You must pay all accumulated towing and storage charges to the company holding the vehicle before the company will release the vehicle to you. There are no exceptions to this requirement. However, if the defendant is convicted, the court may order the defendant to repay you for this amount. (Last updated on 07/16/2002)
You do not have a right to appeal immediately from a decision of the clerk or the court denying your pretrial release petition. You must wait until the court has acted on the impaired driving offense. If the defendant is not convicted, the court will permanently release the vehicle to the owner. If the defendant is convicted, the court will hold a “forfeiture hearing” on the status of the vehicle. Owners, defendant-owners and lienholders may request the release of the vehicle again at this hearing (Last updated on 07/16/2002)
The NC Department of Public Instruction (DPI) is allowed to sell the vehicle prior to trial if one of the following has occurred:
90 days have passed since the date of seizure and the vehicle has a fair market value of $1,500 or less,
the accumulated towing and storage costs exceed 85% of the fair market value, or
the owner of the vehicle has consented to the sale.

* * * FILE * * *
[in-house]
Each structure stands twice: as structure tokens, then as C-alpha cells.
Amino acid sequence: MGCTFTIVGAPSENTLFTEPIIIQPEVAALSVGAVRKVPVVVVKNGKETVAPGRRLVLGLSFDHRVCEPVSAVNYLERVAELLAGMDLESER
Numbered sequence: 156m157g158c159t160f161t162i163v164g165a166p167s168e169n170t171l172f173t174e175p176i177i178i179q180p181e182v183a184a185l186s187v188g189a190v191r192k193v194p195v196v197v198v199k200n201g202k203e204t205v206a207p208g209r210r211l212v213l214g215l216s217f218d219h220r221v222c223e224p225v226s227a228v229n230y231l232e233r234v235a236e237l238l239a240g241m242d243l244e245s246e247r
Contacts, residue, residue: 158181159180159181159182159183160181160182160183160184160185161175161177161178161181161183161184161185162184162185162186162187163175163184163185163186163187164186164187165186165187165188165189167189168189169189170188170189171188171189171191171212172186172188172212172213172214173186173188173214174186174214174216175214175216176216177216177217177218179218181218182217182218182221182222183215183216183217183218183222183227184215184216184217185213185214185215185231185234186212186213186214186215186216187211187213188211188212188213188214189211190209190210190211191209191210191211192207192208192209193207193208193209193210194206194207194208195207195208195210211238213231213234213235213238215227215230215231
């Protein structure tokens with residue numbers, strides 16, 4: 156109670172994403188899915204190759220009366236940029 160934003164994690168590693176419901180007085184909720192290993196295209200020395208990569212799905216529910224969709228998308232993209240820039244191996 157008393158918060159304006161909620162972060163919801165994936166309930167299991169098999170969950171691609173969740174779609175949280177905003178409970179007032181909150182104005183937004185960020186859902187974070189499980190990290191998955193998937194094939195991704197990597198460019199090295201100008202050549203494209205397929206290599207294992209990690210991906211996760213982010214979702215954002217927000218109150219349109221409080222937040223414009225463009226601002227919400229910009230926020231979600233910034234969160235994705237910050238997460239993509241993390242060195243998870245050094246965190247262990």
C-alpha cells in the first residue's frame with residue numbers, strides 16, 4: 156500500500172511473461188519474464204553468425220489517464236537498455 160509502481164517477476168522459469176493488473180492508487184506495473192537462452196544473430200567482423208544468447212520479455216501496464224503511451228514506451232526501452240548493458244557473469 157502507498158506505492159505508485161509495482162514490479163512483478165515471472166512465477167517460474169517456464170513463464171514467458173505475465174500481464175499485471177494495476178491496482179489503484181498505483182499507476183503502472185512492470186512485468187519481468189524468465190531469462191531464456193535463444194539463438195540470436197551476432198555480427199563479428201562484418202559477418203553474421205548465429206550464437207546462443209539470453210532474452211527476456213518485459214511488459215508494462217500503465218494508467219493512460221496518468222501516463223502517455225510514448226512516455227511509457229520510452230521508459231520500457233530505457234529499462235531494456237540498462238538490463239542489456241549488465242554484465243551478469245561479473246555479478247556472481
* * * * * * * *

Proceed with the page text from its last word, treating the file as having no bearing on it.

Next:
DPI will pay the net proceeds of the sale into the clerk’s office. These proceeds will later be released to the owner or forfeited to the school board just as the vehicle would have been. (Last updated on 07/16/2002)
Contact the company that is storing the vehicle. You can retrieve your personal property if you can provide sufficient proof to the company that you own the items. (Last updated on 07/16/2002)
The NC Division of Motor Vehicles will instruct the insurance company to pay the insurance proceeds into the clerk’s office. The proceeds will later be released or forfeited in the same manner as the vehicle. (Note: There is a special procedure for totaled vehicles.) (Last updated on 07/16/2002)
You may appeal the denial of your post-trial request for the release of the vehicle. Generally speaking, you may appeal the court’s decision to the NC Court of Appeals. However, if the defendant is convicted in District Court and appeals the conviction to Superior Court, your appeal of the release/forfeiture decision may also be heard by the Superior Court. (Last updated on 07/16/2002)
You must contact the company that is storing your vehicle to arrange a date and time to pick up the vehicle. The company should specify the items that you will need to bring with you to the storage site (for example, a photo ID, a certified copy of the release order, payment for the towing and storage costs). If the vehicle is stored in Linden and you would prefer not to travel to Linden, the company will tow it back to your location for a fee.
Plan to stay at least three hours. The courtroom will be crowded and it may be a while before the judge listens to your case. If you have children, find a babysitter.